By Sean Graham
In the past couple of weeks, the History Slam has looked at war resistance and human rights. Following a similar theme, this episode examines non-violence. The first thing I ever had published examined non-violent resistance in the context of the American Civil Rights Movement. The part about it that I find the most fascinating is that you need 100% buy in from the participants. As demonstrated beautifully in Selma, if one person retaliates, the whole movement can be compromised. To make a poor comparison, given how hard it is to get four people to agree on what type of pizza to order when watching sports, I find it remarkable that so many movements have successfully implemented a non-violent approach.
In North America, arguably the most prominent example of non-violent resistance is the aforementioned Civil Rights Movement. While not nearly as celebrated, Grindstone Island in eastern Ontario also has an interesting history with non-violence. Inhabited by Charles Kingsmill, the first admiral of the Royal Canadian Navy, in the early 20th century, his daughter inherited the site after his death. Intrigued by non-violence, she opened the island to serve as a Quaker non-violence training centre. What followed, as detailed by Tarah Brookfield during the CHA Annual Meeting, was an experiment with mixed results.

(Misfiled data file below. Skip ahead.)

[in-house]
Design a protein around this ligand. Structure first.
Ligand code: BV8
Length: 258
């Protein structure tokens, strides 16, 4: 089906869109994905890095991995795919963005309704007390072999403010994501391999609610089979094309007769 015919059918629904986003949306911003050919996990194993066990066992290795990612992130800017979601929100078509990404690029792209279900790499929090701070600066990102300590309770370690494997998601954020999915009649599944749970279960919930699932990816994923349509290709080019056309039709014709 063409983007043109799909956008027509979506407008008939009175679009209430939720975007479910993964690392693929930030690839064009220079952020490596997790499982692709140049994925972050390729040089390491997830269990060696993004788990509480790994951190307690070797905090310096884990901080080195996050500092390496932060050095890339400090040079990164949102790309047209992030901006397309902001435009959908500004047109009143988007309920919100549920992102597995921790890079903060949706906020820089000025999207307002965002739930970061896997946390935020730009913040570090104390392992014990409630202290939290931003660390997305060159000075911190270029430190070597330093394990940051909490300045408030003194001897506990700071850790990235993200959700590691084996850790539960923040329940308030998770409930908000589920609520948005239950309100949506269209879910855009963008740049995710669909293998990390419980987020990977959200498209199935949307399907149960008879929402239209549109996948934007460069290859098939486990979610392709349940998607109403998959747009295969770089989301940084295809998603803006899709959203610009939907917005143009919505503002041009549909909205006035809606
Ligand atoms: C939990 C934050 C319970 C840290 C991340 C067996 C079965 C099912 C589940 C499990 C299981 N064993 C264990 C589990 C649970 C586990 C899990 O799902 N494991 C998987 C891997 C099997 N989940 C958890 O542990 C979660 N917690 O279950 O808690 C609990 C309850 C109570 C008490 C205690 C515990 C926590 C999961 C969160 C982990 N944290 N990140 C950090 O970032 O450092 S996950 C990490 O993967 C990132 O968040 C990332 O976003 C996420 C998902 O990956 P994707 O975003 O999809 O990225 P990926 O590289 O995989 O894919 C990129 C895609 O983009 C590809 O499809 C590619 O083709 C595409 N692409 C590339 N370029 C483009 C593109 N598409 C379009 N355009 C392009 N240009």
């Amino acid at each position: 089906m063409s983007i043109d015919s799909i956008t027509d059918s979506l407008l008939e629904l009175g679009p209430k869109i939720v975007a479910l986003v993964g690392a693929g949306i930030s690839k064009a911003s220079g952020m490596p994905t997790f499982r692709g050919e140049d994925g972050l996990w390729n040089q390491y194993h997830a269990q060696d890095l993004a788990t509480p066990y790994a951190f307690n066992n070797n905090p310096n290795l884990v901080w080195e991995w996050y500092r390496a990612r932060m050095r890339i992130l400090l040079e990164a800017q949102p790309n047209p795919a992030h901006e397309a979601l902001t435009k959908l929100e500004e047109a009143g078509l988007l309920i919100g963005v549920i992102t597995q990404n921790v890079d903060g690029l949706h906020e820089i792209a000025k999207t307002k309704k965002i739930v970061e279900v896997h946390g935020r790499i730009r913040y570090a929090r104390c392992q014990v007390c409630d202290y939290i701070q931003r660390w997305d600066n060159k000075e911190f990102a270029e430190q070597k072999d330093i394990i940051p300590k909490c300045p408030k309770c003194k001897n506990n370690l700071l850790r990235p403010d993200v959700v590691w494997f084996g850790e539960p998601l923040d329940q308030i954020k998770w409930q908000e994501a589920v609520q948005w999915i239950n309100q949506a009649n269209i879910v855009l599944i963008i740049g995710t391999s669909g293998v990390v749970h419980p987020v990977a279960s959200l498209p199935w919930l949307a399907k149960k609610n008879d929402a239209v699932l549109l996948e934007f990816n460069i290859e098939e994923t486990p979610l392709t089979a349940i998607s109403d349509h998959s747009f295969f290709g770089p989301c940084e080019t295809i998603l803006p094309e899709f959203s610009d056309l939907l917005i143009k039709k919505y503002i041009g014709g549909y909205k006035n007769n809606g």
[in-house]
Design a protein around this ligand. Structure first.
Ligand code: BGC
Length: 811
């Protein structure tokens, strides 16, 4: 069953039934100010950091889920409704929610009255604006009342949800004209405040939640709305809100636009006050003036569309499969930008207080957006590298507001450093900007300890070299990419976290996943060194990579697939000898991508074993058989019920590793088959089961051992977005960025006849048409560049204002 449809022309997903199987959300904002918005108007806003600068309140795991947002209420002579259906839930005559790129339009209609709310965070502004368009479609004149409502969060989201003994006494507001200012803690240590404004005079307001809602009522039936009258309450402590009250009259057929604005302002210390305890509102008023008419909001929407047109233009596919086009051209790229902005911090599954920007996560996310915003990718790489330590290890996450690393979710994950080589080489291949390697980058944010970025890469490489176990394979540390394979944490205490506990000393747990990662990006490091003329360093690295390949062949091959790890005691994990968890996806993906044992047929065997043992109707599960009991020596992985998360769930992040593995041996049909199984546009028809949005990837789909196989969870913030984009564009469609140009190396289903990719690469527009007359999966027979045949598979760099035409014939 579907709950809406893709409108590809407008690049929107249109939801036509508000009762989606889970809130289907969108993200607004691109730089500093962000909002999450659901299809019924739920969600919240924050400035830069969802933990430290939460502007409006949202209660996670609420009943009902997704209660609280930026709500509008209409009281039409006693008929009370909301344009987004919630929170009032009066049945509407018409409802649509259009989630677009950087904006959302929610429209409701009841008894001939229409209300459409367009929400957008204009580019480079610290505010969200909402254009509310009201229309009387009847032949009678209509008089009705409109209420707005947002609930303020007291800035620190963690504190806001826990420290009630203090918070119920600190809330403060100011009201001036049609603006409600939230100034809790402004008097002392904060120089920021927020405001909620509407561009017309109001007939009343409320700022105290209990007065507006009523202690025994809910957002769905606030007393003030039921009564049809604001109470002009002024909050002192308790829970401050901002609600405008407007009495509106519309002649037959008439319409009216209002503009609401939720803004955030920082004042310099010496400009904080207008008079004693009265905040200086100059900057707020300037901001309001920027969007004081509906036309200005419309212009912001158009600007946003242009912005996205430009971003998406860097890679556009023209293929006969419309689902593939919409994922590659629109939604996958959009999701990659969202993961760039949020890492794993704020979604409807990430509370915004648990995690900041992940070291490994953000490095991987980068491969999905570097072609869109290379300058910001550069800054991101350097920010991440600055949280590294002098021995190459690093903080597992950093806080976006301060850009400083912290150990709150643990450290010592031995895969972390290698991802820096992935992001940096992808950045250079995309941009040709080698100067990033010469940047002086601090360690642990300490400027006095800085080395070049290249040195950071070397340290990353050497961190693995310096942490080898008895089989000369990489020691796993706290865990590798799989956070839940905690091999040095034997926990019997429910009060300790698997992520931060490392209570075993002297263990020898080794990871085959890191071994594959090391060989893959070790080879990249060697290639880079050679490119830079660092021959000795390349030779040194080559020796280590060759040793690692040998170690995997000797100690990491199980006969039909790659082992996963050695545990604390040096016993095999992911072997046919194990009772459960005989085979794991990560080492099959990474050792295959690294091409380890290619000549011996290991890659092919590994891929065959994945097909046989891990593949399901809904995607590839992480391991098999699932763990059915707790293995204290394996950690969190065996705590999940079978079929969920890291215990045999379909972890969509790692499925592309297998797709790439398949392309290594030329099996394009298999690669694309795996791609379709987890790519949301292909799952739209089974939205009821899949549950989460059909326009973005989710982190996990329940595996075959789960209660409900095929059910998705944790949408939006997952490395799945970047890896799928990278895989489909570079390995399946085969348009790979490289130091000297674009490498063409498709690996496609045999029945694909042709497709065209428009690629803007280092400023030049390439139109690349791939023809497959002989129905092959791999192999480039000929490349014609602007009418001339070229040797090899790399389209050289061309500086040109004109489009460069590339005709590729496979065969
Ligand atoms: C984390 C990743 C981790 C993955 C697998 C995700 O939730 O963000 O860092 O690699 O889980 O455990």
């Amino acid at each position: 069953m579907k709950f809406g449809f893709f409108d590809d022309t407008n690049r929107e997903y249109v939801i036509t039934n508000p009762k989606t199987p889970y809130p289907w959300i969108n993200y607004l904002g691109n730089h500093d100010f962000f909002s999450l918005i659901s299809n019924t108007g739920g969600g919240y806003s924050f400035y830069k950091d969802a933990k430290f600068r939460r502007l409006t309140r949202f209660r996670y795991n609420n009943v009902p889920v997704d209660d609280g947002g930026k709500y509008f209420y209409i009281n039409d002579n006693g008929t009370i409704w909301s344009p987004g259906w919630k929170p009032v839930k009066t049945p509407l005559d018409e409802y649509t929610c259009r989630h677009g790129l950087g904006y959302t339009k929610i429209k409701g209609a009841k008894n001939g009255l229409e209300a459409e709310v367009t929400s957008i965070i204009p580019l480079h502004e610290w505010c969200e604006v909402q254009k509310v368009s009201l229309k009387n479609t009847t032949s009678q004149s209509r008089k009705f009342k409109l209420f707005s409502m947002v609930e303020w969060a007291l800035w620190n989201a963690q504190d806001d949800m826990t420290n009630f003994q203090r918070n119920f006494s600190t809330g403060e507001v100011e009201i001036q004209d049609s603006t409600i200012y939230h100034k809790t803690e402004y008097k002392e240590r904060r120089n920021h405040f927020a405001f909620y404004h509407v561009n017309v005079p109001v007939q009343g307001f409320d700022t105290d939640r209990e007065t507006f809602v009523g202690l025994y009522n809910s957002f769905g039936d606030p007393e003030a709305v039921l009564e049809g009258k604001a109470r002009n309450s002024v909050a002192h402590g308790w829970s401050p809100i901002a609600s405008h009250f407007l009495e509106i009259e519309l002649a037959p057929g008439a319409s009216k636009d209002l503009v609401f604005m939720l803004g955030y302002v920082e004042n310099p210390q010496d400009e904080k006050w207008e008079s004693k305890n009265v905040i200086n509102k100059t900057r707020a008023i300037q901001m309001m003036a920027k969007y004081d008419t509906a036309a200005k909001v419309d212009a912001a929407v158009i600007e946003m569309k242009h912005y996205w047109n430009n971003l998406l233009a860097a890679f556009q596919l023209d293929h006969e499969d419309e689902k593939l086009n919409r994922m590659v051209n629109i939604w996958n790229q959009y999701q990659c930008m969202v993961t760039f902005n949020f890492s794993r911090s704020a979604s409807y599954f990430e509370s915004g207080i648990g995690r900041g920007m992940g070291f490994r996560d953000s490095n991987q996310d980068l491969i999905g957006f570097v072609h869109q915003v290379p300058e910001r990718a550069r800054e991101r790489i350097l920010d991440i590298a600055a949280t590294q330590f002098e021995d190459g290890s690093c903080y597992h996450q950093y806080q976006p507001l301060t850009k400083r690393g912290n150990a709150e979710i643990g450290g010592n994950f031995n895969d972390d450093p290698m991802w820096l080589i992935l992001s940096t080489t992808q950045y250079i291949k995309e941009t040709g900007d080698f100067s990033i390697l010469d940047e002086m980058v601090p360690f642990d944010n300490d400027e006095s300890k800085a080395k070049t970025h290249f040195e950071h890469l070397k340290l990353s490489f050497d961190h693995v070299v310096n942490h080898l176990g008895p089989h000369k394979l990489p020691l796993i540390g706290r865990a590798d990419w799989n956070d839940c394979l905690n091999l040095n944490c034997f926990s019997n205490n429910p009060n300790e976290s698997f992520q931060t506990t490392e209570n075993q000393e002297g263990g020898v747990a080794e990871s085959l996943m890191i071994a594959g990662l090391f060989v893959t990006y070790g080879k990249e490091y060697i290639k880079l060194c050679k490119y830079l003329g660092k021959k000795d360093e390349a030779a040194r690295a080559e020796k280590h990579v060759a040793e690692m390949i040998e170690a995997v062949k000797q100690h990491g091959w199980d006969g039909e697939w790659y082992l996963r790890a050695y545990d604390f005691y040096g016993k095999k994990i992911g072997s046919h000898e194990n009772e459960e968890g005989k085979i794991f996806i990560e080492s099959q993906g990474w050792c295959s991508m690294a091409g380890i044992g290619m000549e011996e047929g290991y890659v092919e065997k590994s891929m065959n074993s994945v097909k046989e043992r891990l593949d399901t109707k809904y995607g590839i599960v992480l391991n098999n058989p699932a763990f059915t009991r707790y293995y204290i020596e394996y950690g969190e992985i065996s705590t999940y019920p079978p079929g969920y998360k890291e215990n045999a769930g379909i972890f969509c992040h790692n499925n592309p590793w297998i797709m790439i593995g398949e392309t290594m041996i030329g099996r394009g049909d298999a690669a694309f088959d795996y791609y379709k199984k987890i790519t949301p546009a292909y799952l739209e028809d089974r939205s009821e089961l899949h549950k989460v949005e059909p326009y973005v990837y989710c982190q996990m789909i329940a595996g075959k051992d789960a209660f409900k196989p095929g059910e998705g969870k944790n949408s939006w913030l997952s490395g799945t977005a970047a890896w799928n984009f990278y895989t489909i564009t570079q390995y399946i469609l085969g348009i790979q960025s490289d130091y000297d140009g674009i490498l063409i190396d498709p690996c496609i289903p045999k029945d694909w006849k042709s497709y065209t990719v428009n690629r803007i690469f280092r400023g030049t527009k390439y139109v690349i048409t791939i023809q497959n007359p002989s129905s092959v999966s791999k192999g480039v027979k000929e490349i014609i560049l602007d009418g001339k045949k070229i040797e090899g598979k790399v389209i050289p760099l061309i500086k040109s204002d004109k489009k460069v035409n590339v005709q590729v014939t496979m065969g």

In this episodes of the History Slam, I talk to Professor Brookfield of Laurier University – Brantford about Grindstone Isle. We talk about the nature of non-violence resistance, the Quaker presence in Canada, and the legacy of the Grindstone experiment.
Sean Graham is a William Lyon Mackenzie King post-doctoral fellow at the Weatherhead Center for International Affairs at Harvard University where he studies the history of Canadian broadcasting and the CBC. He is an editor at Activehistory.ca and host/producer of the History Slam Podcast. Like any red-blooded Canadian his ultimate dream is to be a curling champion while living on a diet of beer and poutine.